SaaS Valuation Drivers

When thinking of Software-as-a-Service (SaaS), one of the first things that comes to mind is the quality of the business model. With almost all recurring revenue, high gross margins, great renewal rates (ideally), and strong market adoption, it really is one of the best models across all types of business. Due to the confluence of factors like quality of business model, hype in domestic public equities, and desire for growth, SaaS companies are currently receiving extraordinary valuations. While I don’t believe 10x+ revenue valuations are sustainable, I do believe we’ll see 4 – 6x revenue valuations indefinitely, assuming 30%+ revenue growth rates (otherwise valuations will quickly drop to 2 – 3x revenue).

Here are a few valuation drivers for SaaS companies:

  • Growth Rate – this is the most important factor and I calculated growth rate to be a 2.5x multiplier for valuation
  • Market Opportunity – the bigger the better (one of the reasons Workday – NYSE:WDAY – gets such a big premium, in addition to growth rate)
  • Up-sell / Cross-sell Potential – the more complementary the better (one of the reasons Pardot was so valuable to ExactTarget /
  • Scale – hitting $10M in revenue really opens things up for larger acquirers and hitting $50M+ in revenue opens things up for an IPO (more options creates more leverage)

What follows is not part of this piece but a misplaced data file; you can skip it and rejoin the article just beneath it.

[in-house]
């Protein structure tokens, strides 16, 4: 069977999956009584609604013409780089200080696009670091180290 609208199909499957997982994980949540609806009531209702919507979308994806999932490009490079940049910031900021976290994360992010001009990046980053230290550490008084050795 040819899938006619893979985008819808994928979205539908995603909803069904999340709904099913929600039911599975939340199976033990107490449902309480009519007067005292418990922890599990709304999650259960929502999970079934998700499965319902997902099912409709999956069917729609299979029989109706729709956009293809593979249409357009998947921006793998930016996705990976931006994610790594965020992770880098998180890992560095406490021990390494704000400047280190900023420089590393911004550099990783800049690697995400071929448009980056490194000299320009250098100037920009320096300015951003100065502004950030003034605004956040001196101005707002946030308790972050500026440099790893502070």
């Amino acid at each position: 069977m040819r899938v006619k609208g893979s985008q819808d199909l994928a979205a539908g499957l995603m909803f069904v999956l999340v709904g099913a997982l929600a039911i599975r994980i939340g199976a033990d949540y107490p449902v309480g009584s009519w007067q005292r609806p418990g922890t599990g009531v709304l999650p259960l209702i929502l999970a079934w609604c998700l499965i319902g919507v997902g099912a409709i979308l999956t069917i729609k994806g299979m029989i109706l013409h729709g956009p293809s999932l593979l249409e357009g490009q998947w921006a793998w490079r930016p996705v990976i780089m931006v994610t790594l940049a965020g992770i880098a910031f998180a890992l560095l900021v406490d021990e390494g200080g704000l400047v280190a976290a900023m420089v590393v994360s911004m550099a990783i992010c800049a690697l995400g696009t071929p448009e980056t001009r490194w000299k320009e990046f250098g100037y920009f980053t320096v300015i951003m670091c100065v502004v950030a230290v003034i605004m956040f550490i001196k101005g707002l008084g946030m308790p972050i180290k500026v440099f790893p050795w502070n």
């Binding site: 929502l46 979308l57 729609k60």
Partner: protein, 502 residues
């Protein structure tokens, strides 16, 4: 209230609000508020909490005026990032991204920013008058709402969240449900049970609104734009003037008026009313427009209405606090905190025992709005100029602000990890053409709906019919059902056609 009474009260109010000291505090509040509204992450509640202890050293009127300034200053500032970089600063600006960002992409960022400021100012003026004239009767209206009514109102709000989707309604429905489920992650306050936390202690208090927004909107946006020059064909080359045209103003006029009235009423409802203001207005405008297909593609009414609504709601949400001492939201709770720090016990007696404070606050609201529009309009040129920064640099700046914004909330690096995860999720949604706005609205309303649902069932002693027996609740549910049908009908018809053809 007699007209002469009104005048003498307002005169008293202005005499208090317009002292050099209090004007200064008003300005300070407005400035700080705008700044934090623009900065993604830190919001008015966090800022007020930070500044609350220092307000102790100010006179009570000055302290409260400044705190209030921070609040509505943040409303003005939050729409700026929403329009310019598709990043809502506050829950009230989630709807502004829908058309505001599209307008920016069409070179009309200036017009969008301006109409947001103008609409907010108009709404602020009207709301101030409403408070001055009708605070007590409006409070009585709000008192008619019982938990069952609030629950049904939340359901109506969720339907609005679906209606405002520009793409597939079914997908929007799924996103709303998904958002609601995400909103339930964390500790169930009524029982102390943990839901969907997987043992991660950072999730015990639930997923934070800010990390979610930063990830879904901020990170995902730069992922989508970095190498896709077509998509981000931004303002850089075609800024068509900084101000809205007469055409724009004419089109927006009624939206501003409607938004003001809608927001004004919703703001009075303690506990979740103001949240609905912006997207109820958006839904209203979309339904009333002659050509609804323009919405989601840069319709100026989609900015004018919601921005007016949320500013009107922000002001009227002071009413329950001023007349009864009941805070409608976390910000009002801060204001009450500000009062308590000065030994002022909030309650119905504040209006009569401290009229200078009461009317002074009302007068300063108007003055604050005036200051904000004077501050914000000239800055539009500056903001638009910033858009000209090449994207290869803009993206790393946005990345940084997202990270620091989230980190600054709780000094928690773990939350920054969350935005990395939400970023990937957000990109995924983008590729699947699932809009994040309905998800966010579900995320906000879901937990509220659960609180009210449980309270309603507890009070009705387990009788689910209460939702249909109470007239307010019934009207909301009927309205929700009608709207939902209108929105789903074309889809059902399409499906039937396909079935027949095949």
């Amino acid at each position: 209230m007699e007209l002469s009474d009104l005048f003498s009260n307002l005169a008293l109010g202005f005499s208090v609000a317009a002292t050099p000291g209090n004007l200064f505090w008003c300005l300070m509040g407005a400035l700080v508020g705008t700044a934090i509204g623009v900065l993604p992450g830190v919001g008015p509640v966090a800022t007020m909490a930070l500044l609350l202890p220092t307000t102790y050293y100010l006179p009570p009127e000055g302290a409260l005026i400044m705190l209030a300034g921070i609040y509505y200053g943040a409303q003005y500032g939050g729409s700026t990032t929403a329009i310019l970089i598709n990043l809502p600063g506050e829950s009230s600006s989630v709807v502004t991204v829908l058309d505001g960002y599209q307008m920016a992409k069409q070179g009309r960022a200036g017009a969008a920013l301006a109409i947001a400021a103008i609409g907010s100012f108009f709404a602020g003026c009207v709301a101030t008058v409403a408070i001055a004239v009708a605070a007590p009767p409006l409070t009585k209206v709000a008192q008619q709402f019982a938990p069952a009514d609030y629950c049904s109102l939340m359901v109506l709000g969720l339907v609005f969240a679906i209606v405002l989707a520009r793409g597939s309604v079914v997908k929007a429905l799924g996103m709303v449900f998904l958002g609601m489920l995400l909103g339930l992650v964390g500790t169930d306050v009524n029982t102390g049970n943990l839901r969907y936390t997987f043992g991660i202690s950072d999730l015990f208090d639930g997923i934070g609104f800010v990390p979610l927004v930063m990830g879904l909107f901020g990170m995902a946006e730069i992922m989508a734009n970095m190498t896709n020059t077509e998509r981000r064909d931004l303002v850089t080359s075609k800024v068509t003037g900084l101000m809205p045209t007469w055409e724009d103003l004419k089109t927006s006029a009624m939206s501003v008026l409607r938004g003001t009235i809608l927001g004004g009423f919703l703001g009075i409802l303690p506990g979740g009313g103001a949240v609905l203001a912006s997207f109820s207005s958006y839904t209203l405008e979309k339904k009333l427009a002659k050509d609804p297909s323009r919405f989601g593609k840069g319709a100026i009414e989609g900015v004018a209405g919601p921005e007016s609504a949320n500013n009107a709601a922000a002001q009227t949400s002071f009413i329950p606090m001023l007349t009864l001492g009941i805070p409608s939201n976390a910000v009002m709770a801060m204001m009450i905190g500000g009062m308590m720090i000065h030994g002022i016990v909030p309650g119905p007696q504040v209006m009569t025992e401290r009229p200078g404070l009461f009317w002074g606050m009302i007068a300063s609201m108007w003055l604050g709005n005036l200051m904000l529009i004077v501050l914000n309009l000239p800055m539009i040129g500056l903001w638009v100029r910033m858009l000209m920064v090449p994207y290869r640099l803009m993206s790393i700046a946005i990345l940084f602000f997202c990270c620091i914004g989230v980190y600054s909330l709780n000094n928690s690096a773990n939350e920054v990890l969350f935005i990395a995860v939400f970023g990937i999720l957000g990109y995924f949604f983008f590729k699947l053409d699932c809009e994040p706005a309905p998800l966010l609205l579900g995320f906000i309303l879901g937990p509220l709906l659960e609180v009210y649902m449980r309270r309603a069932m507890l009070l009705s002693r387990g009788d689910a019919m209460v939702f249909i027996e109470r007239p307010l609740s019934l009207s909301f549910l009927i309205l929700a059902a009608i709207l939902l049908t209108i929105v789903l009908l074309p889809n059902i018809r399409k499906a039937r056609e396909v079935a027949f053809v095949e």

• Renewal Rates – 90%+ is the target (some have greater than 100% revenue renewals because they expand the account size in existing customer accounts), but watch out for leaky buckets
  • Gross Margins – 80%+ is desirable but some SaaS companies have weaker gross margins due to more services work, unusually high on-boarding costs, or other expenses (e.g. third-party fees or licenses)

SaaS startups, like all companies, should optimize for the needs of the customer and not maximum valuation, but it’s useful to keep these in mind when building the business.

What else? What are some other valuation drivers for SaaS startups?

2 thoughts on “SaaS Valuation Drivers

  1. Matches up pretty well . . . here are the primary things I would be looking at (among others)
    o Growth Rate
    o Addressable Market Size
    o Customer Retention
    o Gross Margins
    o Customer Acquisition Costs
    . . another great (incredibly consistent) post David . . . I am sure many appreciate the time you take to share your thoughts and experience.

  2. For me personally margins is key and during hype cycles this will likely be overlooked. You mention a very important point that if there is a third party service or product used then that is harder to squeeze in order to increase margins. I don’t see many Saas valuations taking this into account.

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